Landry Jones of Oklahoma on dating from a Christian perspective

Uploaded by on Nov 29, 2010

Sports always came easy for Oklahoma quarterback Landry Jones. Everyone wanted him for their team. Everybody loved him. He had friends, girls– the world was at his fingertips. Yet he still desired more.

From the I Am Second movement (iamsecond.com) meant to inspire people of all kinds to live for God and for others.

______________________

I have a lot of respect for Landry Jones. I love the points made at the end of this article concerning scriptures in the Bible that apply to Christians dating.


Jan/Feb 2011 Dating Game Jill Ewert

“You tell it. You’re so much better at telling it than me. I always leave out too many details.” Landry Jones scoots back deeper into the couch in the middle of FCA Area Representative Kent Bowles’ sports room. He’s surrounded by everything a college athlete could find comforting: a ping pong table, framed college football jerseys, a gumball machine and his girlfriend: OU shooting guard Whitney Hand.

He says this not because he doesn’t want to tell the story himself, but because he’s humble about it—almost sheepish—and he doesn’t want to blow his own whistle.

“OK,” says Hand, her grin widening by the second. She can hardly wait to dive in and brag on Jones’ brilliant scheme.

 
“Landry is not my walk with Christ, and I don’t want to be in that position in his life, either. I never want him to love me more than he loves Jesus.” 
                             – Whitney Hand

They’d both arrived on the OU campus as freshman in 2008 and were immediately attracted to each other when they met through orientation and began running in the same athletic circles. Jones tested the romantic waters all summer and into the fall by jokingly asking Hand on dates, comments to which she’d always reply with rolled eyes and a playful, “Oh, shut up.” But when October rolled around, Jones decided to take a legitimate shot.

“No, I really want to go on a date with you,” he’d said. When she agreed, Jones knew he had one chance to sweep her off her feet.

Hand tells the first date story with animation. “I met him downstairs in my dorm, and immediately he tells me that he forgot his wallet at his parents’ house in Oklahoma City, which is, like, a 30-minute drive.”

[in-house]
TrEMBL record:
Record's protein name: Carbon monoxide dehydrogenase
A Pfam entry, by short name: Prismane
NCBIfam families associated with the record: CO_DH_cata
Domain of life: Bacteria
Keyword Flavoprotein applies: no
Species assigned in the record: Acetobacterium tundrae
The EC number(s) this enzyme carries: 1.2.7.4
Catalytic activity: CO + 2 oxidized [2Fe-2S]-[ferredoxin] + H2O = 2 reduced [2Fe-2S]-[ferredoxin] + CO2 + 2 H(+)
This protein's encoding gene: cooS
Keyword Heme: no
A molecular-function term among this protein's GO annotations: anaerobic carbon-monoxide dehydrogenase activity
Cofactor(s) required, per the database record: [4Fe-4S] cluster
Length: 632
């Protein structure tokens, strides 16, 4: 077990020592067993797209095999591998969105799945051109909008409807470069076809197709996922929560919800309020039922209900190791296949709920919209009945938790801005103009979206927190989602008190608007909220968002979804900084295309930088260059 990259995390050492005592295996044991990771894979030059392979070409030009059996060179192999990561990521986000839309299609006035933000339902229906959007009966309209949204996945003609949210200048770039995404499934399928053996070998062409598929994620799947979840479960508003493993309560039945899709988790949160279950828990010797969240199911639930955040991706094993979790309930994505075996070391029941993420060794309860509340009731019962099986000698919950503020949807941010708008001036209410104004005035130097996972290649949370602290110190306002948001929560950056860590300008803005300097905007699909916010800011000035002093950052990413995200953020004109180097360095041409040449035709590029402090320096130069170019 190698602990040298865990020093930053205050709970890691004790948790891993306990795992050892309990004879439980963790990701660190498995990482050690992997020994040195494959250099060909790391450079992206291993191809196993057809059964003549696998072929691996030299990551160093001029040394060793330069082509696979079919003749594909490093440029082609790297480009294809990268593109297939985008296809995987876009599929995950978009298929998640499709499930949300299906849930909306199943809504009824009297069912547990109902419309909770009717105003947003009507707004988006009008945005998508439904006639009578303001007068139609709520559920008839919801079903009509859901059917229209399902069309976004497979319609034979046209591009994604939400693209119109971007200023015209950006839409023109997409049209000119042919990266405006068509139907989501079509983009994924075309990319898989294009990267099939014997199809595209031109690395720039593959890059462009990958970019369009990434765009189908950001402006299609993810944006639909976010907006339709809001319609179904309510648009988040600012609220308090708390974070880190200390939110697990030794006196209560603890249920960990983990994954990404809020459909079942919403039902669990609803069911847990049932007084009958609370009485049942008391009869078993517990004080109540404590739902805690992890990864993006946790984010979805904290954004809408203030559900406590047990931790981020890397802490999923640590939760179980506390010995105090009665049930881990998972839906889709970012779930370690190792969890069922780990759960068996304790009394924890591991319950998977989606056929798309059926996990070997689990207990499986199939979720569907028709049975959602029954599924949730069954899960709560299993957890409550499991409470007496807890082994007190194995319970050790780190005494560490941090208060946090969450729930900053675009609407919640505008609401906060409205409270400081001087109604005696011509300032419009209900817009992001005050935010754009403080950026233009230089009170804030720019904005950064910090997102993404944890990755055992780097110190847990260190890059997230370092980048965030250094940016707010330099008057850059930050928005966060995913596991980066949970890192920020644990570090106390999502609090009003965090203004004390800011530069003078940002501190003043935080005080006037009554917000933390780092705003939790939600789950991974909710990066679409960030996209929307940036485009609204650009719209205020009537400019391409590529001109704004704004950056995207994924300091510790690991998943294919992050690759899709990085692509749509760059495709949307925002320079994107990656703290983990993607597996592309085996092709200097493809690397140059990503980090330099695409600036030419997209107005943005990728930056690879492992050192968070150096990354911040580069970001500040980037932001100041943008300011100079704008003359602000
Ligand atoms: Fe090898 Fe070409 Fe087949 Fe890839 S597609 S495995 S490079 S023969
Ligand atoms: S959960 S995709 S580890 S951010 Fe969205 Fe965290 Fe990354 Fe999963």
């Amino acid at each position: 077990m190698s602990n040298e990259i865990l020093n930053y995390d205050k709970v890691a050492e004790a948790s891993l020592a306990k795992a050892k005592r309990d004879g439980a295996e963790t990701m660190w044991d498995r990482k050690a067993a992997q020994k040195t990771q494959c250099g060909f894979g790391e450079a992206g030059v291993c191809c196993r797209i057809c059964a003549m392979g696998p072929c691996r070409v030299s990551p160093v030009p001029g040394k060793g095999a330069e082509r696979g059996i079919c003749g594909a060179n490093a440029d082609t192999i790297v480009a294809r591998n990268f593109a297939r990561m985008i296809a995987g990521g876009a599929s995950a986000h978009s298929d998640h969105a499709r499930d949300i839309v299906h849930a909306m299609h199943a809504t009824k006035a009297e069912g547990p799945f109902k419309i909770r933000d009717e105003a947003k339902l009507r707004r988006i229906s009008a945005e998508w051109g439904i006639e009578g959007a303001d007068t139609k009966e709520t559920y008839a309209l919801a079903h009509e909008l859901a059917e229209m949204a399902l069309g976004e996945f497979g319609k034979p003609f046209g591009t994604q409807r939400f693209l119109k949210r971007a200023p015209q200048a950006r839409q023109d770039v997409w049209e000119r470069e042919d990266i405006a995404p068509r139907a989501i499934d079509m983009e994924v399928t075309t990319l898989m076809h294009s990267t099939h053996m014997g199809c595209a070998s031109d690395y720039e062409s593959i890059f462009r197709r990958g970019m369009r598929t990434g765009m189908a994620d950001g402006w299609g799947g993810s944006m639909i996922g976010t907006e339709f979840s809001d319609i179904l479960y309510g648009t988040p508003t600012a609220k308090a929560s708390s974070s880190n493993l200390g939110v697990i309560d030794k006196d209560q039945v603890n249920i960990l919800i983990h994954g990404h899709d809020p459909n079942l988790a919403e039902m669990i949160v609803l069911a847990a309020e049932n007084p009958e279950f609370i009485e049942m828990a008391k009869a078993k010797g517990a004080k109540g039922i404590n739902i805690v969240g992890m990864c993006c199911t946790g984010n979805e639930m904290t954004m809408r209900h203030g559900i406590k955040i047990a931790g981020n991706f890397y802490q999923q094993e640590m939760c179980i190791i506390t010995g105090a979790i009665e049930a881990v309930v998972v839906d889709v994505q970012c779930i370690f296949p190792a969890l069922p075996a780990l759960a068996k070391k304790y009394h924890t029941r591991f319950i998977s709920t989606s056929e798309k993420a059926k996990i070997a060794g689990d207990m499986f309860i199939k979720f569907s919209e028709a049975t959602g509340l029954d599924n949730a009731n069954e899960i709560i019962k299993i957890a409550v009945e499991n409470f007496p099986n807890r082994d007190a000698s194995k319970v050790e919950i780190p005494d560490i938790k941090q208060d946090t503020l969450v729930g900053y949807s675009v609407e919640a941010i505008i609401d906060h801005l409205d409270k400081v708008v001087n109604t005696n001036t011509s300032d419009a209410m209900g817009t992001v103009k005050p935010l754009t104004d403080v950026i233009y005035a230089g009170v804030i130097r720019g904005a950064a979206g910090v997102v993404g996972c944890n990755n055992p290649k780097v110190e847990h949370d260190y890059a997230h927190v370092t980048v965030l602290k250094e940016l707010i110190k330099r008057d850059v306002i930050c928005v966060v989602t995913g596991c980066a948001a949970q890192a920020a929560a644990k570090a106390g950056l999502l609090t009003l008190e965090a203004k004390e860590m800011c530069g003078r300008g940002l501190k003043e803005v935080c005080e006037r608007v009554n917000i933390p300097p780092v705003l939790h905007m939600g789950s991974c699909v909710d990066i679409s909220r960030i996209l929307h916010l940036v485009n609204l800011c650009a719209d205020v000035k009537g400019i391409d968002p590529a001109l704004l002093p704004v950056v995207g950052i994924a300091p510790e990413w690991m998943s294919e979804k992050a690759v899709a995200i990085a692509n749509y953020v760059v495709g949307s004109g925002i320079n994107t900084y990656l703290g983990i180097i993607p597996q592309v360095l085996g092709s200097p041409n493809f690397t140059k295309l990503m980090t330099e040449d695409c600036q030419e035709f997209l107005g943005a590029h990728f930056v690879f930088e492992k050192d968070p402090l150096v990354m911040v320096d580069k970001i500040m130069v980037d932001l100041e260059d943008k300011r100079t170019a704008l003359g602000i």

She rolls her eyes.

“I’m like, ‘Are you serious?’”

Jones stares at the floor, grinning. She glances over at him, smiles and continues the story.

“We get there, and he’s like, ‘Wait here.’ So, he ran inside and left me waiting in the car. I actually called one of my friends and told her, ‘He forgot his stinking wallet!’ But then he came back outside a couple minutes later and told me to come in.”

Hand got out of the car, followed Jones through the front door and was completely shocked to find flowers and a candle-lit dinner waiting for her. Granted, it was only Raising Cane’s Chicken, but that just made the story even more interesting.

“He didn’t know that I absolutely detest fast food,” Hand reveals.

In an environment like that, though, the menu was of little concern. She’d been wooed. And while the actual relationship wouldn’t take off until three months later due to the interruption of another potential suitor from Hand’s hometown (a story for another time), it was the start of what has now been a 2.5-year dating relationship between the Sooner stars.

Officially dubbed “the First Couple of Oklahoma” by the local press, Landry Jones and Whitney Hand, both Christians since childhood, have watched as the Lord has used their time together to both bless and challenge them in life, sports and faith.

“We’re not dating experts, but the Lord has taught us so much through being together,” Hand says. “Whatever He shares with us, we want to share with others and help them grow in their faith, too. We believe that right now we’re a better witness for Him together than apart.”